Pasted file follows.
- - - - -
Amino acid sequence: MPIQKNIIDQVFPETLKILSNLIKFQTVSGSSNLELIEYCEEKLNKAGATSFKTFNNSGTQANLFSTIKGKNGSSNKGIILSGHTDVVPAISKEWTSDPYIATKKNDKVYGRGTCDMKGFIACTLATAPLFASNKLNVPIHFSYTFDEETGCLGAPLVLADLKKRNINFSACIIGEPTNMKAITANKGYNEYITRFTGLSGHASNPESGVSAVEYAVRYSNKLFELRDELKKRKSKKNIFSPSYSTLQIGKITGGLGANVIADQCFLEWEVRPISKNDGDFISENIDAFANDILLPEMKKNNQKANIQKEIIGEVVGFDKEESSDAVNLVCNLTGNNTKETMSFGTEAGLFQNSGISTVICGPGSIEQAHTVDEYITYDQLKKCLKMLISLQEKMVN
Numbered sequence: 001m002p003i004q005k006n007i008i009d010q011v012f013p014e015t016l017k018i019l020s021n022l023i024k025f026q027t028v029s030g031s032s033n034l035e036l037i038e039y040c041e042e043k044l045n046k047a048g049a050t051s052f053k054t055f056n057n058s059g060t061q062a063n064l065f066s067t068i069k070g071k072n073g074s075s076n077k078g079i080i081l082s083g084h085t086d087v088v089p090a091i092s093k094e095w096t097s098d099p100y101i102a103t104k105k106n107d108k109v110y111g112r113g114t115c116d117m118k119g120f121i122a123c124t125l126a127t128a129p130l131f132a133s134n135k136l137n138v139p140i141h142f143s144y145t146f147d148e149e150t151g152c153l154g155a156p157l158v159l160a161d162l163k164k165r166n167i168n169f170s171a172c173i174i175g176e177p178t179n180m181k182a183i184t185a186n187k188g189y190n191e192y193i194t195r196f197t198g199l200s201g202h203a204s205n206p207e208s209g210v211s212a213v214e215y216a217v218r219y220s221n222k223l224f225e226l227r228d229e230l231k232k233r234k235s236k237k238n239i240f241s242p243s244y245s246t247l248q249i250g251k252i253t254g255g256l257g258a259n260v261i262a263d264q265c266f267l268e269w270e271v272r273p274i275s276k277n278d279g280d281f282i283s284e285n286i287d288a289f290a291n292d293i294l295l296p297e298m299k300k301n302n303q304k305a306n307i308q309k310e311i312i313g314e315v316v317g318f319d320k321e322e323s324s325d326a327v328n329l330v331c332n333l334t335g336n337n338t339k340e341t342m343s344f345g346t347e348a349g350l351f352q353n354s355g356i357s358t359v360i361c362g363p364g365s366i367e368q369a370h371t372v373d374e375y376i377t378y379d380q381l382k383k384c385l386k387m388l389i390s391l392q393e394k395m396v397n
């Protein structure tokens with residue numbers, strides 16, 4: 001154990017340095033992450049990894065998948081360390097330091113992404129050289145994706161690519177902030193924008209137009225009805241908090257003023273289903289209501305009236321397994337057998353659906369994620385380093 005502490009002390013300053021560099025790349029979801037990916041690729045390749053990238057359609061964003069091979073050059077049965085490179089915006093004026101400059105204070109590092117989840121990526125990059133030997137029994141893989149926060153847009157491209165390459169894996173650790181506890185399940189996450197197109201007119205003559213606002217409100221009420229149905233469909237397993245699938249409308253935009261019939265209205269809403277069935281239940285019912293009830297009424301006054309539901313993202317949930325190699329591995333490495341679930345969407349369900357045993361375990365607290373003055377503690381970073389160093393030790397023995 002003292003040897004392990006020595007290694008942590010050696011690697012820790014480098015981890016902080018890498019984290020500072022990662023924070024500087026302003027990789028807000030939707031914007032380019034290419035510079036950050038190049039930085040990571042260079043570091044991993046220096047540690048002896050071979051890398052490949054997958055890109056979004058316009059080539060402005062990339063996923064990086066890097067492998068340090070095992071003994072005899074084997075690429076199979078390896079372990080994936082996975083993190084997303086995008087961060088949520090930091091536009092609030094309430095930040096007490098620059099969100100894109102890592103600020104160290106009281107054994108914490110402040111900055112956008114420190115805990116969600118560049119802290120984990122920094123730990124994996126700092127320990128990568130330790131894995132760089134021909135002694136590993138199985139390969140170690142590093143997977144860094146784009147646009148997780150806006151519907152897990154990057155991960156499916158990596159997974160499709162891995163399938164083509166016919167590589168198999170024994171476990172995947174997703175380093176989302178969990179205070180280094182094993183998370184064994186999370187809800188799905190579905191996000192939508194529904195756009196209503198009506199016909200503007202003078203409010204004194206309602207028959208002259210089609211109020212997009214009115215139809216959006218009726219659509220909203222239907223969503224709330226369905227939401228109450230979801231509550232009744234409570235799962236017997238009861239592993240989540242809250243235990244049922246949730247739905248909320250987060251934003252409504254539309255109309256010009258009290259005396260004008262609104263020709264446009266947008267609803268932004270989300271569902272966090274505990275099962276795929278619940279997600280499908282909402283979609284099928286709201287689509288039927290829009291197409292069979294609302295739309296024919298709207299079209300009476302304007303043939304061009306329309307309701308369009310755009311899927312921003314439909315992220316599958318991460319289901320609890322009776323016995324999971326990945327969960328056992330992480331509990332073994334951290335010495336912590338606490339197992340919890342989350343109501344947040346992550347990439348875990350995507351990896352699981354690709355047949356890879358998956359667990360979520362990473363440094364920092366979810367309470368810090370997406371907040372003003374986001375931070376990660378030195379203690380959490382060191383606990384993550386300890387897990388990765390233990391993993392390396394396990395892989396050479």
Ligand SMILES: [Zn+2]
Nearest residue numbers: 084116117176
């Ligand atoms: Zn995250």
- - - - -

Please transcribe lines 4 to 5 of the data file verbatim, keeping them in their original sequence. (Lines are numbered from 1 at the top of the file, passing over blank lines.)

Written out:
Ligand SMILES: [Zn+2]
Nearest residue numbers: 084116117176